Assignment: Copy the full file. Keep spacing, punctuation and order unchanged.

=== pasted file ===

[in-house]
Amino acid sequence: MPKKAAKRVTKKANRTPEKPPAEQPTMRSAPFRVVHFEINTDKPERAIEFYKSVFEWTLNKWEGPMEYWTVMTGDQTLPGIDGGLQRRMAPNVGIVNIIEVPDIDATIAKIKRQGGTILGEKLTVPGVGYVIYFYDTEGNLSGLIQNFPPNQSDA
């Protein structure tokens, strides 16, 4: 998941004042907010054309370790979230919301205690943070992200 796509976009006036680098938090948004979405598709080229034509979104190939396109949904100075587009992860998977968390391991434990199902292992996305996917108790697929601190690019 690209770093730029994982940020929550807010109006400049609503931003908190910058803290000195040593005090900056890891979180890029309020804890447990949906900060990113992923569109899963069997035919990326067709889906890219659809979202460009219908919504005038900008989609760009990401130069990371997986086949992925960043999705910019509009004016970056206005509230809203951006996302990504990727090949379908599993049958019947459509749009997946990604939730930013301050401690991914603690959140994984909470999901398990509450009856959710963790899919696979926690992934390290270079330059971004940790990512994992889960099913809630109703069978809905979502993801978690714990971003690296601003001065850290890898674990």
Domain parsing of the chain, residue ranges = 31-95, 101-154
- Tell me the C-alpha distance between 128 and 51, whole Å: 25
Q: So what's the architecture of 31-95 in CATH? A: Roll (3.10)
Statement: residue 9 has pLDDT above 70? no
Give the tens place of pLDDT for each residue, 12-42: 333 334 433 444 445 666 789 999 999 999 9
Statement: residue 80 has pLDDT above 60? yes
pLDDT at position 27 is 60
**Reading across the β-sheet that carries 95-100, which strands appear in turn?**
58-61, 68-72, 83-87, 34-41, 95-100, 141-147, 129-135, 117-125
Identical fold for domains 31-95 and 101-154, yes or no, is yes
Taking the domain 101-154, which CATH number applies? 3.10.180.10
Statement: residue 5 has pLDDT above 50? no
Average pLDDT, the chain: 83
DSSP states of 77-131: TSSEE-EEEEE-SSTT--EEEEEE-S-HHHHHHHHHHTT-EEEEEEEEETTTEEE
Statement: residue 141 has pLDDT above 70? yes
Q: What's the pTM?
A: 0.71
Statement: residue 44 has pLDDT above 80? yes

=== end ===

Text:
[in-house]
Amino acid sequence: MPKKAAKRVTKKANRTPEKPPAEQPTMRSAPFRVVHFEINTDKPERAIEFYKSVFEWTLNKWEGPMEYWTVMTGDQTLPGIDGGLQRRMAPNVGIVNIIEVPDIDATIAKIKRQGGTILGEKLTVPGVGYVIYFYDTEGNLSGLIQNFPPNQSDA
């Protein structure tokens, strides 16, 4: 998941004042907010054309370790979230919301205690943070992200 796509976009006036680098938090948004979405598709080229034509979104190939396109949904100075587009992860998977968390391991434990199902292992996305996917108790697929601190690019 690209770093730029994982940020929550807010109006400049609503931003908190910058803290000195040593005090900056890891979180890029309020804890447990949906900060990113992923569109899963069997035919990326067709889906890219659809979202460009219908919504005038900008989609760009990401130069990371997986086949992925960043999705910019509009004016970056206005509230809203951006996302990504990727090949379908599993049958019947459509749009997946990604939730930013301050401690991914603690959140994984909470999901398990509450009856959710963790899919696979926690992934390290270079330059971004940790990512994992889960099913809630109703069978809905979502993801978690714990971003690296601003001065850290890898674990």
Domain parsing of the chain, residue ranges = 31-95, 101-154
- Tell me the C-alpha distance between 128 and 51, whole Å: 25
Q: So what's the architecture of 31-95 in CATH? A: Roll (3.10)
Statement: residue 9 has pLDDT above 70? no
Give the tens place of pLDDT for each residue, 12-42: 333 334 433 444 445 666 789 999 999 999 9
Statement: residue 80 has pLDDT above 60? yes
pLDDT at position 27 is 60
**Reading across the β-sheet that carries 95-100, which strands appear in turn?**
58-61, 68-72, 83-87, 34-41, 95-100, 141-147, 129-135, 117-125
Identical fold for domains 31-95 and 101-154, yes or no, is yes
Taking the domain 101-154, which CATH number applies? 3.10.180.10
Statement: residue 5 has pLDDT above 50? no
Average pLDDT, the chain: 83
DSSP states of 77-131: TSSEE-EEEEE-SSTT--EEEEEE-S-HHHHHHHHHHTT-EEEEEEEEETTTEEE
Statement: residue 141 has pLDDT above 70? yes
Q: What's the pTM?
A: 0.71
Statement: residue 44 has pLDDT above 80? yes